While solar panels and electric cars might not be a viable option for everyone just yet, you can still do your part to contribute to a more sustainable future—and you can start with your next meal. From a members-only social club with an incredible rooftop garden to a Malibu brunch spot that serves eggs from the owner’s backyard farm, these five L.A. restaurants keep tabs on their carbon footprint, which means, in addition to indulging in delicious food, you can rest assured you’re doing your part to keep the globe a little greener with every bite.

Gracias Madre —> Guided by the motto, “Love is Served,” and inspired by the kitchens of Mexico, the menu at this family-run restaurant in West Hollywood features 100% organic, plant-based cuisine that, on average, uses one-third less global resources to produce. The restaurant sources its produce locally and purchases imported ingredients that are Fair Trade, which both ensures that farmers are being paid fairly, and supports resilient agricultural systems around the globe. Gracias Madre also composts its food waste, resulting in the creation of healthy soil that fosters a closed loop growing cycle.

mg_5174Malibu Farm —> At Malibu Farm, the casual seaside eatery on the end of the Malibu Pier, owner Helene Henderson and crew serve locally-sourced food to hungry beachgoers, including eggs from chickens raised on her backyard farm. Though her small farm can’t support the restaurant alone, Henderson still serves dishes made with her homegrown persimmons, figs, lemons, pomegranates, pears, beets, carrots and more, supplemented with fresh produce sourced from other local farms and farmers markets.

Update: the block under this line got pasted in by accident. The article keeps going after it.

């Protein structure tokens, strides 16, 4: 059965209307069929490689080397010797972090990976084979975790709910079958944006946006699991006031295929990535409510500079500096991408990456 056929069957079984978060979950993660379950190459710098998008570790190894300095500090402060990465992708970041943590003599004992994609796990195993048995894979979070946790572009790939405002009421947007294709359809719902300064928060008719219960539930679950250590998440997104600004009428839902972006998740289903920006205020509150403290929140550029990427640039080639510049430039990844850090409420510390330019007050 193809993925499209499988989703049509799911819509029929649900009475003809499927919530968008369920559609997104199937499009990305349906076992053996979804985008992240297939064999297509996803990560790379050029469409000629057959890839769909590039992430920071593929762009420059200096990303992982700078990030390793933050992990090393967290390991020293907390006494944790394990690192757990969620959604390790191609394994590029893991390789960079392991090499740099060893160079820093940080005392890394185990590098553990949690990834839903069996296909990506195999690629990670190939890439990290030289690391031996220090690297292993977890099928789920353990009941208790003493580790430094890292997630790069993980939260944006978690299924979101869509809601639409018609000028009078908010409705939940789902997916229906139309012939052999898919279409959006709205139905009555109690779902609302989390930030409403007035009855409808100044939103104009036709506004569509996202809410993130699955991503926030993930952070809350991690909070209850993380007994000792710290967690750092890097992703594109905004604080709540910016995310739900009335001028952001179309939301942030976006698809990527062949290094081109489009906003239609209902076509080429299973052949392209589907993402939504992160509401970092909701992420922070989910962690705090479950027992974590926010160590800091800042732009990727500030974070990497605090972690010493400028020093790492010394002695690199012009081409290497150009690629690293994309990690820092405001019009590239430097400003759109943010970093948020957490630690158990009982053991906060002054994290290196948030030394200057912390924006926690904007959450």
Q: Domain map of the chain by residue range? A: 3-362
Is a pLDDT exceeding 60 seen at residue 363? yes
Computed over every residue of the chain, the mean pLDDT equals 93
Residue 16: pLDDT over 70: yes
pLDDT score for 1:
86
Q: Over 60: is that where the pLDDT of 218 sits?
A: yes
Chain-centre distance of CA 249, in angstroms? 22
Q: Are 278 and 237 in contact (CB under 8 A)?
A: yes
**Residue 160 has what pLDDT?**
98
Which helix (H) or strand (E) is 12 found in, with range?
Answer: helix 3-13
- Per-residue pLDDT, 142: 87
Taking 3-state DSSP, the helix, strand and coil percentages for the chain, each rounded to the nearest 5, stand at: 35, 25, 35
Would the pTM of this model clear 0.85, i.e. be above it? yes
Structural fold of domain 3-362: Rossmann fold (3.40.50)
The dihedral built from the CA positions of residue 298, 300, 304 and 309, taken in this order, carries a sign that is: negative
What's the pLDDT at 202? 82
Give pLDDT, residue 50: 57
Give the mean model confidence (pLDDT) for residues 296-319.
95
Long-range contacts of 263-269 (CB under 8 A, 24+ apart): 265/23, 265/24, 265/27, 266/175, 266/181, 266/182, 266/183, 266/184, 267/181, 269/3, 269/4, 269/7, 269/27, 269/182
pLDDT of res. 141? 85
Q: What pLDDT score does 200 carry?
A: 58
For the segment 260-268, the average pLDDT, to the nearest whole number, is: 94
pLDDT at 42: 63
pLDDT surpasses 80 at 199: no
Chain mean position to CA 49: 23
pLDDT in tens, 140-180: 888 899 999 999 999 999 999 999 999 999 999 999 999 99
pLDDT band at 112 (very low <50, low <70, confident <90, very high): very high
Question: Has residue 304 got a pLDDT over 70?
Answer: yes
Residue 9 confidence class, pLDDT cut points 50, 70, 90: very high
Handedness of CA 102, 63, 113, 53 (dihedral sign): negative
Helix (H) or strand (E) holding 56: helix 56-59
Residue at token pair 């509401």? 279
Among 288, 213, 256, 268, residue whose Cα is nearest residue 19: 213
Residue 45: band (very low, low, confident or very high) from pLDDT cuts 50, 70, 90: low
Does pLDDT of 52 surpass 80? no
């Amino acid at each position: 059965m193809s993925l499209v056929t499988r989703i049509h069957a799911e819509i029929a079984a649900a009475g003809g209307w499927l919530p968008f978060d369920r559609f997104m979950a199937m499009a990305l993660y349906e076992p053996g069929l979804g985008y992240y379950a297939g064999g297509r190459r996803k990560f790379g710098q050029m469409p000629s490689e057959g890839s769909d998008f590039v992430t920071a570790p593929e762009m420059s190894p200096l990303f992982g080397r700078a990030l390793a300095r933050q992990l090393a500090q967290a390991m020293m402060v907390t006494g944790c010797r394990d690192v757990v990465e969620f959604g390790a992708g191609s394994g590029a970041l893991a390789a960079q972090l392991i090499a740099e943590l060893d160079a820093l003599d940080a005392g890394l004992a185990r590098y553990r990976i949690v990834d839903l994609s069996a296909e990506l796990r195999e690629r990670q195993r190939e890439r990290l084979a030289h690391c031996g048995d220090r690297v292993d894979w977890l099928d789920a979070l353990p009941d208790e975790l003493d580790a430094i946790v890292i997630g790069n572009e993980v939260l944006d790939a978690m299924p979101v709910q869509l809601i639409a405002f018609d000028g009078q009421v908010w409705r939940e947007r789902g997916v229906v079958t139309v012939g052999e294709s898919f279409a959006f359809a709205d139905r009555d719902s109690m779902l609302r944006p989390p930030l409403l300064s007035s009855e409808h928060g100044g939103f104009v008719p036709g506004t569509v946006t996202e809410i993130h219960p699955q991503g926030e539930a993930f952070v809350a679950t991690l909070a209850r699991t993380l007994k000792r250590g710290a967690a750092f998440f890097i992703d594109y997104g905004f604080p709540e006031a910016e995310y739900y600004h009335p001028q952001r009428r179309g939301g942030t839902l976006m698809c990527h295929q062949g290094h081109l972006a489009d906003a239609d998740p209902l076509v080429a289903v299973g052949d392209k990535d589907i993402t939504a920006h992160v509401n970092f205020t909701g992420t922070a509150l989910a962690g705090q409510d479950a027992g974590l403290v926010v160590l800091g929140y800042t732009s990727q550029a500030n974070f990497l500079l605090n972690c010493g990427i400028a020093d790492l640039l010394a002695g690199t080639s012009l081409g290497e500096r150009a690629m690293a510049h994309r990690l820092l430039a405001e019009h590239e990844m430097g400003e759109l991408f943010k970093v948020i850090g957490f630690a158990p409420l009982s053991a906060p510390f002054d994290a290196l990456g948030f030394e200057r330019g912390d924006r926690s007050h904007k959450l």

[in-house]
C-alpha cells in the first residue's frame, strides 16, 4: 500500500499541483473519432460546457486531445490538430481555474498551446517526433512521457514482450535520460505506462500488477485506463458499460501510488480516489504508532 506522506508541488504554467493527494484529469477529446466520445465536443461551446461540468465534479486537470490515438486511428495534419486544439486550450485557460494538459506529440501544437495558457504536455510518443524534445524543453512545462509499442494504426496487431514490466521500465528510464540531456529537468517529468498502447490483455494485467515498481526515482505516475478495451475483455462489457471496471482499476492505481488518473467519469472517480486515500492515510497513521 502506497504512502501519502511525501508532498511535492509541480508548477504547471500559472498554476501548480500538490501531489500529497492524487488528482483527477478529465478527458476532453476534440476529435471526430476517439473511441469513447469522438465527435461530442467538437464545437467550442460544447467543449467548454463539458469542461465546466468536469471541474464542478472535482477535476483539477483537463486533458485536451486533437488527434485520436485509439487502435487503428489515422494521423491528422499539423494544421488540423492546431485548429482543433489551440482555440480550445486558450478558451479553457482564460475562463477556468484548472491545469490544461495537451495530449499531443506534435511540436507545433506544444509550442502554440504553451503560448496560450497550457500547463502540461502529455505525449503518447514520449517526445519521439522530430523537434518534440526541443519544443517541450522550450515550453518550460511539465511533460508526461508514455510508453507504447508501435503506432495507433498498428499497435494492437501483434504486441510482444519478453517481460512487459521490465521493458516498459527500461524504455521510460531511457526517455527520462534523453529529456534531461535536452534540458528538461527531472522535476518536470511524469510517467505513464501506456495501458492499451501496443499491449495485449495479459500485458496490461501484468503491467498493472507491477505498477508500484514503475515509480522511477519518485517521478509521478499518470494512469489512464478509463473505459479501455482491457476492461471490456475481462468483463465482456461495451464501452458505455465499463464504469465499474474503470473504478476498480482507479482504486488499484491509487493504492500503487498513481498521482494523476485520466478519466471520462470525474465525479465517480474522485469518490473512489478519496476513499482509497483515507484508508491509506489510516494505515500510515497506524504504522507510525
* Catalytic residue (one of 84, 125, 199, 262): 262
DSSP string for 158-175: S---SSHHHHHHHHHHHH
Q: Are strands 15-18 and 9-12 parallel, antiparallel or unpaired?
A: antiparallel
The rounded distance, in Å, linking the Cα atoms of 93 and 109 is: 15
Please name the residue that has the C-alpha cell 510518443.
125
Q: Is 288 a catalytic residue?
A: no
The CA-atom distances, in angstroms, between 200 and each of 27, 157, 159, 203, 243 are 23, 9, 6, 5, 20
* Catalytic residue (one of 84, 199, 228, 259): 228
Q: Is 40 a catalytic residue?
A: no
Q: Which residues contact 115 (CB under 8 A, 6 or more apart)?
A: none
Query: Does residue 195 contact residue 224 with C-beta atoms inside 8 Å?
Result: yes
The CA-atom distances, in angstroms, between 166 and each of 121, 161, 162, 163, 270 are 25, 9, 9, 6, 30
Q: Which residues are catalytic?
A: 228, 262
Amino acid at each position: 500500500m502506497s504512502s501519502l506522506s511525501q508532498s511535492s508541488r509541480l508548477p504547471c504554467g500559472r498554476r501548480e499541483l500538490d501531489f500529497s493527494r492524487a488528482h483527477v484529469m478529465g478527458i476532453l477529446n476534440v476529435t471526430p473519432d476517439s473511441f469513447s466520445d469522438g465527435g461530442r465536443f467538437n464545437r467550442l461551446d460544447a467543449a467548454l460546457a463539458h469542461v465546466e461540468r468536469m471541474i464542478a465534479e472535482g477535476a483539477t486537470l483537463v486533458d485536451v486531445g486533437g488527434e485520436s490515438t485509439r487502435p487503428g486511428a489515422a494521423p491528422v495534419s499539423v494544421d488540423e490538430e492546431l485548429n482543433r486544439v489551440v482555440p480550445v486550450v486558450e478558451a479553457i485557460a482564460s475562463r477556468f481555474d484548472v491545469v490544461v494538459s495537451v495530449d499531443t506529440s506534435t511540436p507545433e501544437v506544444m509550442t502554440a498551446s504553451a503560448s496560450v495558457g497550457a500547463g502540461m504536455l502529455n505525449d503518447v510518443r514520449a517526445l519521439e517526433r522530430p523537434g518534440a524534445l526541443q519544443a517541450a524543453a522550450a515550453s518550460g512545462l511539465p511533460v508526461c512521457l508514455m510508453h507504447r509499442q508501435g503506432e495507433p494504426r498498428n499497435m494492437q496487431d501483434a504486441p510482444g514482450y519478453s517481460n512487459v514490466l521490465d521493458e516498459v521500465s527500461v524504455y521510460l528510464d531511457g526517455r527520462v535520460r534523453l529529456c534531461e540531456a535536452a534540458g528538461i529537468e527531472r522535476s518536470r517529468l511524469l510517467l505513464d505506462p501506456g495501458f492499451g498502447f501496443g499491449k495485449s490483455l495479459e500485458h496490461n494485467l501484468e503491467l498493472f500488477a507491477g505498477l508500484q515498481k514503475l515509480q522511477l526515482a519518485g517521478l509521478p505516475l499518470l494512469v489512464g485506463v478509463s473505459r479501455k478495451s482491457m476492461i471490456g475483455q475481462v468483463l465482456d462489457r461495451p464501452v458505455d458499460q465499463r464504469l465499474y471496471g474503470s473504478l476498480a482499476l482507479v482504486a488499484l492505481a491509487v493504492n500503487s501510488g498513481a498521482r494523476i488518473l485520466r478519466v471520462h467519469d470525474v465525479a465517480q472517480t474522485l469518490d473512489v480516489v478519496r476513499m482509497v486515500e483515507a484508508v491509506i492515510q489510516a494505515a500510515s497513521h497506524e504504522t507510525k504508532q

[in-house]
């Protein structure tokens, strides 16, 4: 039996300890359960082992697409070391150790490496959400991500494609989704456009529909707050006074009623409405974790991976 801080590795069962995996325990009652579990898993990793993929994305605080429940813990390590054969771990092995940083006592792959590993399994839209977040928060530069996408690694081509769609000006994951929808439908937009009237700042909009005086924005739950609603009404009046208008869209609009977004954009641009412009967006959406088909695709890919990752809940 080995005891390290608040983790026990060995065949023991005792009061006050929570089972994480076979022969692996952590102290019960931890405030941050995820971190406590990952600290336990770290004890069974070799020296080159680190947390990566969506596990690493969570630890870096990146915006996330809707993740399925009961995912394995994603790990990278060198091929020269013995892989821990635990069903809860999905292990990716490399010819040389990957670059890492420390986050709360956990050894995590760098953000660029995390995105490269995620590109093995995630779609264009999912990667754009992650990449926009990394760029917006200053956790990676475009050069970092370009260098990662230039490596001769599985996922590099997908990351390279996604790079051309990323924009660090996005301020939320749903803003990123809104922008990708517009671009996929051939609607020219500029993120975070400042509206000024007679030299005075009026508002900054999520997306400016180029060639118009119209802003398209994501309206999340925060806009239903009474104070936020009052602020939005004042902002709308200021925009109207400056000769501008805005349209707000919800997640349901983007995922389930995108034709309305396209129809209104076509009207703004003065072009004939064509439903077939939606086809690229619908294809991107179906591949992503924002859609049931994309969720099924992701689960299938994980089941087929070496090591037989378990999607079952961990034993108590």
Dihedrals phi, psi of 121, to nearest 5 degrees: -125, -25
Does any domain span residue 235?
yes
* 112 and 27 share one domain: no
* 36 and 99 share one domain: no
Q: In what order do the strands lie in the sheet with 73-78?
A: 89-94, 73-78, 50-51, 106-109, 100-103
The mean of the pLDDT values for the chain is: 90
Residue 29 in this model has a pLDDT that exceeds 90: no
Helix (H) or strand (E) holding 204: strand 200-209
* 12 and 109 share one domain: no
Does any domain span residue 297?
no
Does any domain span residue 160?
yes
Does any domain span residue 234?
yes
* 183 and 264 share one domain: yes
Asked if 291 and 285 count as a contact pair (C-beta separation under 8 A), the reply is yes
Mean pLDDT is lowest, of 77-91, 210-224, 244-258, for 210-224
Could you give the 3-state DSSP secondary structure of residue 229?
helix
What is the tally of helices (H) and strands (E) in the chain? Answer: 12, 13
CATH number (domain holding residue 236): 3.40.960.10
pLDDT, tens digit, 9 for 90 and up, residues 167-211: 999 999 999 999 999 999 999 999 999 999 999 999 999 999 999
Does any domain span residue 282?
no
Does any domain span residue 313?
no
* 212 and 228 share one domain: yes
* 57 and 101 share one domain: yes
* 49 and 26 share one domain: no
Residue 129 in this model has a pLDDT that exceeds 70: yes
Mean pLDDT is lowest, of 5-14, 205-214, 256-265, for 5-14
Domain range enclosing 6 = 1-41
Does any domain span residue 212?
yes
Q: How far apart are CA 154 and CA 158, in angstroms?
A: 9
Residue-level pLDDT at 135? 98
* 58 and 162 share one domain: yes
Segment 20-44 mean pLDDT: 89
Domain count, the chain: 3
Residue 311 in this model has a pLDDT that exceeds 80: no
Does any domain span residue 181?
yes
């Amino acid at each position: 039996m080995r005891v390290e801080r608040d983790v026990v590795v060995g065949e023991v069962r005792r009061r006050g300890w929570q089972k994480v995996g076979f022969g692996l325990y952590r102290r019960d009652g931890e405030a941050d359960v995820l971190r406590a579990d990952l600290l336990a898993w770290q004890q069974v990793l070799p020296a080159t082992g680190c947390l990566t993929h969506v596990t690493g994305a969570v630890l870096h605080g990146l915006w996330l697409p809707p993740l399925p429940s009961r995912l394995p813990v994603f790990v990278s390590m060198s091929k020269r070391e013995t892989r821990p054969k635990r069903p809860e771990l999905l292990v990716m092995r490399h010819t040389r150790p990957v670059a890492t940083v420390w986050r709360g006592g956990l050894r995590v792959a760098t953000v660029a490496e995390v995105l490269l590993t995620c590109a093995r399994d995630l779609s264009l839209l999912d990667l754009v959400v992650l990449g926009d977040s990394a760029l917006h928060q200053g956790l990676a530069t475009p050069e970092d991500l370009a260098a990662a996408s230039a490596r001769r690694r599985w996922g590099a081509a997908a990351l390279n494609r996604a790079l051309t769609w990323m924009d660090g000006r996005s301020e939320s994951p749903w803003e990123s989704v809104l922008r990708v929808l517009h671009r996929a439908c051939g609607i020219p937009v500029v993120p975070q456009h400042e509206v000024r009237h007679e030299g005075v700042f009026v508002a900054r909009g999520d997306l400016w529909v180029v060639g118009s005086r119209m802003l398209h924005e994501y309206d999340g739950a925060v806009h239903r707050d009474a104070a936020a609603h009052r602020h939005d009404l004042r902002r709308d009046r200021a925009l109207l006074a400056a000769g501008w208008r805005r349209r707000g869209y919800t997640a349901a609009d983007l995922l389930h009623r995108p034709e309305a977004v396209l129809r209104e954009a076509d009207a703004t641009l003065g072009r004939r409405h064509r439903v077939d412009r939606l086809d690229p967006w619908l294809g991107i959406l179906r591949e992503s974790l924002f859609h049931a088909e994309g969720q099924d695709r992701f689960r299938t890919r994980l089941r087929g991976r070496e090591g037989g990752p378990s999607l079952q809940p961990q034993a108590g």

Jonathan Club —> What do you do with a paddle tennis court that never gets used? If you’re the Jonathan Club—the 120-year-old members-only social club in Downtown L.A.—you turn it into a rooftop garden. On any given night, its restaurant’s dinner menu includes broccolini, baby carrots, blueberries, snap peas, arugula and heirloom tomatoes all grown on the club’s urban rooftop garden, which is said to yield as much as $150,000 worth of produce per year.

screen-shot-2016-09-20-at-5-08-39-pmPlant Food + Wine —> This Abbot Kinney outpost was recently recognized by the Sustainable Business Council of Los Angeles for its eco-friendly practices. Chef Scott Winegard and his team prepare an evolving menu of seasonal, plant-based cuisine consisting of locally-sourced vegetables, grains and legumes. Additionally, the restaurant serves a variety of biodynamic and organic wines and incorporates ingredients from its onsite garden into its dishes.

Providence —> In addition to scoring the coveted #1 spot on Jonathan Gold’s list of the 101 Best Restaurants in L.A. for the past three years, Providence boasts some serious street—er—surf cred. Helmed by chef Michael Cimarusti, it’s the first restaurant in L.A. to join Dock To Dish, a sustainable seafood delivery service that provides access to fresh, local, sustainable seafood through a weekly membership program. Not only does this service support local fishermen, it’s also a natural choice for Cimarusti, who prides himself on using only wild-caught fish in his dishes and refuses to serve environmentally threatened species like swordfish or bluefin tuna.